- Michigan’s new gun regulations, effective Tuesday, include background checks for all gun purchases, safe storage requirements and red flag laws.
- The three new laws were a part of a sweeping gun safety package that had been initially drafted after the 2021 Oxford High School shooting in which four students died.
- Initially stalled in 2021, the gun safety package gained momentum after Democrats secured the House and Senate in the 2022 midterm elections.
Professor Marco Díaz-Muñoz spent the past year trying to suppress the images, seared into his memory, of the gunman who entered his classroom at Michigan State University, killed two of his students and left others with critical wounds.
He expects a flood of emotions this week on the anniversary of the Feb. 13, 2023 mass shooting, which also claimed the life of a third student at the university union and terrorized the East Lansing campus for nearly four hours.
“It was the sixth week. It was February. The class was from 7 to 9 in the evening. It was cold. And I’m going to be teaching the exact same lecture and lesson,” Díaz-Muñoz told The Associated Press. “So everything I do is going to remind me of what happened.”
Tuesday’s classes were canceled and a remembrance gathering was planned for the three students who lost their lives — Brian Fraser, Arielle Anderson and Alexandria Verner.
Tuesday also is when Michigan’s sweeping new gun regulations take effect, implementing background checks for all gun purchases, safe storage requirements and red flag laws, also known as extreme risk protection orders.
“The tragedy cannot be undone,” said Díaz-Muñoz, who testified in favor of the new laws. “There’s nothing that can compensate for that. But there is hope in moving forward and pushing forward for change.”
Anyone who wants to buy a gun in Michigan must now pass a background check, and gun owners must safely store all firearms and ammunition in the presence of minors.
The red flag law enables family members, police, mental health professionals, roommates and former dating partners to petition a judge to remove firearms from people who they believe pose an imminent threat to themselves or others.
The three new laws were a part of a sweeping gun safety package that had been initially drafted after the 2021 Oxford High School shooting in which four students died and others, including a teacher, were wounded.
A Michigan jury convicted that shooter’s mother of involuntary manslaughter last week, making her the first parent in the U.S. to be held responsible for a child carrying out a mass school shooting. Gun accessibility was an issue in the trial and investigators say Jennifer and James Crumbley failed to properly secure the gun. James Crumbley faces trial on the same charge next month.
Initially stalled in 2021 with the Legislature under Republican control, the gun safety package gained momentum after Democrats secured the House and Senate in the 2022 midterm elections. The MSU shooting intensified efforts, with Oxford and MSU students rallying at the Capitol to demand stricter gun laws.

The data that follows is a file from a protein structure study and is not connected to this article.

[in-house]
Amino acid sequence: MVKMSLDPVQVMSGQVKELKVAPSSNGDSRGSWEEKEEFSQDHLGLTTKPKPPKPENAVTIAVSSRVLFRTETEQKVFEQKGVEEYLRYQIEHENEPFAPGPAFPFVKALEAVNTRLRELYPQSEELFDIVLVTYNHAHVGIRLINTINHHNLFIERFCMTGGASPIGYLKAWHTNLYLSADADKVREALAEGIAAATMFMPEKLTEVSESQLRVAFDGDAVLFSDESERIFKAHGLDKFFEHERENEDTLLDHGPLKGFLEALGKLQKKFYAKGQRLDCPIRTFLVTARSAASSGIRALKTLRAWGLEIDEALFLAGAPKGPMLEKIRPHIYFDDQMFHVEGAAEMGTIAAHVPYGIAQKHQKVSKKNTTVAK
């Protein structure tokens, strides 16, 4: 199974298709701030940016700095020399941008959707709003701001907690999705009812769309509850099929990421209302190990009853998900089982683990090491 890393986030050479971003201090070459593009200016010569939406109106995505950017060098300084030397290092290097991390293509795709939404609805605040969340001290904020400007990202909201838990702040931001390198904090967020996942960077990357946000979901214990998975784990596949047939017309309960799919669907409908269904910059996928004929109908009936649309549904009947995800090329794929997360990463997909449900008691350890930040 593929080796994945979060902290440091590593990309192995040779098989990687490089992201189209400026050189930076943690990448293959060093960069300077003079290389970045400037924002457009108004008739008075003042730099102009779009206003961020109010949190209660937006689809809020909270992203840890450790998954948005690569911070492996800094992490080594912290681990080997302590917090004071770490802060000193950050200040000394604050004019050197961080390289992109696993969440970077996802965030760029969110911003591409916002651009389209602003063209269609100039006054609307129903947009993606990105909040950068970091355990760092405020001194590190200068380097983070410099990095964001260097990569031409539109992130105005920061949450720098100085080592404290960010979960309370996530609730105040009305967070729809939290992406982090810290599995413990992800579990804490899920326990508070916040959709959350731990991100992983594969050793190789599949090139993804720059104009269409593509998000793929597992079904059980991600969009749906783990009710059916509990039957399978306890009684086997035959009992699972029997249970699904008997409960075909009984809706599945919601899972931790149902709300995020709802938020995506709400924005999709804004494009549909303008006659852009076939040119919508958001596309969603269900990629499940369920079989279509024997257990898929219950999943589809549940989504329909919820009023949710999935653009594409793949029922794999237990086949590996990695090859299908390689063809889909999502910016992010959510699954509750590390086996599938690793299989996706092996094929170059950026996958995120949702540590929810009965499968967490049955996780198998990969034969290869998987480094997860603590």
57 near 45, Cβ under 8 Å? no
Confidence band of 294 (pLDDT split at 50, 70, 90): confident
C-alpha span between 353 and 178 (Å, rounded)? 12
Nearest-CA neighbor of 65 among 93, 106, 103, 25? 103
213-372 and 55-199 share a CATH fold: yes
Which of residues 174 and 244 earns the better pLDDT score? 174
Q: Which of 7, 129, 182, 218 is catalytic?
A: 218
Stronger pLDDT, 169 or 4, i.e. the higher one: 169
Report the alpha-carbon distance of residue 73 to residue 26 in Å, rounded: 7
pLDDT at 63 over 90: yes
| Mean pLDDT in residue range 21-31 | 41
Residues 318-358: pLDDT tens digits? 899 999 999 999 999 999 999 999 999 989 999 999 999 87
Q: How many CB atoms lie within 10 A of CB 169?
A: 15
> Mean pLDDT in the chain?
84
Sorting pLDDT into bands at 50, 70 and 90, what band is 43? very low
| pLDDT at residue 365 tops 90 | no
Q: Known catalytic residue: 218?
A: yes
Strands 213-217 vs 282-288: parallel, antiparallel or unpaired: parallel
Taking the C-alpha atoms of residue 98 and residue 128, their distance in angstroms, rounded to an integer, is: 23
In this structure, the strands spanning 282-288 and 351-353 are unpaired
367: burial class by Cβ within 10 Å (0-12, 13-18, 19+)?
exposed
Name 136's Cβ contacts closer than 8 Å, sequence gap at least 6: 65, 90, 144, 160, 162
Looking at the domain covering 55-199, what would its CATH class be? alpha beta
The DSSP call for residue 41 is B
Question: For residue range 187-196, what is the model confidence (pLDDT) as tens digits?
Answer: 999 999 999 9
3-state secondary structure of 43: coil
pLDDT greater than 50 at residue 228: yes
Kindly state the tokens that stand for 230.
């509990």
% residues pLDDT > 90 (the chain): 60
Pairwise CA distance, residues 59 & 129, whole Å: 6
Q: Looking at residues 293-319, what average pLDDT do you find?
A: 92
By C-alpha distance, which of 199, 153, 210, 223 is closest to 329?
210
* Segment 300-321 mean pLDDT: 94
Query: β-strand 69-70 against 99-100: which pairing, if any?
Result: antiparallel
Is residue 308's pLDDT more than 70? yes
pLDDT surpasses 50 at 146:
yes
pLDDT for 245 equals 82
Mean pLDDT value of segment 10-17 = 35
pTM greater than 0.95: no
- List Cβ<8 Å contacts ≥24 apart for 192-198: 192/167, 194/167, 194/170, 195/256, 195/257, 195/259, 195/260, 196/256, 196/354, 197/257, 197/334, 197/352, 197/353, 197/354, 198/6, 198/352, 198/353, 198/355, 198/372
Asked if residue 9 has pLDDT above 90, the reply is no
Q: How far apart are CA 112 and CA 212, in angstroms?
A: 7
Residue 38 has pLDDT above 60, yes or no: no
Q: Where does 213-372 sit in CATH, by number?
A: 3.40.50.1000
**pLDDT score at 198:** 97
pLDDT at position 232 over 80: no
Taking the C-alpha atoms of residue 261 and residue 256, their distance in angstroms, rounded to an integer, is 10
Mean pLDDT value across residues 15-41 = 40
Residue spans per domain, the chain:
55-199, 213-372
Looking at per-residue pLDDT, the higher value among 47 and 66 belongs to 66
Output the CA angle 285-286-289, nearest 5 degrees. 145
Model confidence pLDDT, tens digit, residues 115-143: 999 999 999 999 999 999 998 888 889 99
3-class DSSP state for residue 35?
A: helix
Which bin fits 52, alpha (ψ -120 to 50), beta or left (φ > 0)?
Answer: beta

“Once we won the majority, we knew we were going to be able to pass these laws. So our plan was to get it ready as quickly as we could, try to get the packages through the Senate,” said state Sen. Rosemary Bayer, who represented Oxford and has been a leading advocate for gun control.
“Then Michigan State happened, and the governor just looked at us and said, ‘I want to do it right now,’” Bayer said.
Safe storage and background checks were approved two months after the MSU shooting, following weeks of testimony from those impacted by the shootings and other gun violence. The red flag law was more controversial, and was signed by Michigan Gov. Gretchen Whitmer just over a month later.
And in November, Whitmer signed yet another a measure that prohibits individuals with domestic violence convictions — even misdemeanors — from possessing firearms for at least eight years.
Gun control advocates aren’t done: MSU students plan to meet with lawmakers and stage a sit-in at the Capitol on Thursday “to demand continued action on gun violence prevention.”
Democrats are on record as willing to go further, with some leaders open to banning assault weapons and high-capacity magazines. They will likely need to wait until after April, however, with the state House being deadlocked temporarily due to two Democratic representatives stepping down.
Questions linger over how well the new laws will be implemented. The red flag measure has faced local pushback in a state where gun-owning culture runs deep. Over half the state’s counties have passed resolutions declaring themselves Second Amendment “sanctuaries,” opposing laws they believe infringe on gun rights.
Red flag laws have been touted as the most powerful tools to stop gun violence before it happens, but an Associated Press analysis in 2022 found that they are barely used in the states where they exist. Firearms were removed from people 15,049 times since 2020, but that’s fewer than 10 per 100,000 adult residents, far too rare to make a dent in the death toll, according to the analysis.
“I view it as a beginning,” Díaz-Muñoz said. “The violence and the epidemic that we’re seeing is symptomatic of something else. And until we address that something else, there’s no amount of gun laws that can prevent completely, or minimize more significantly, what is happening.”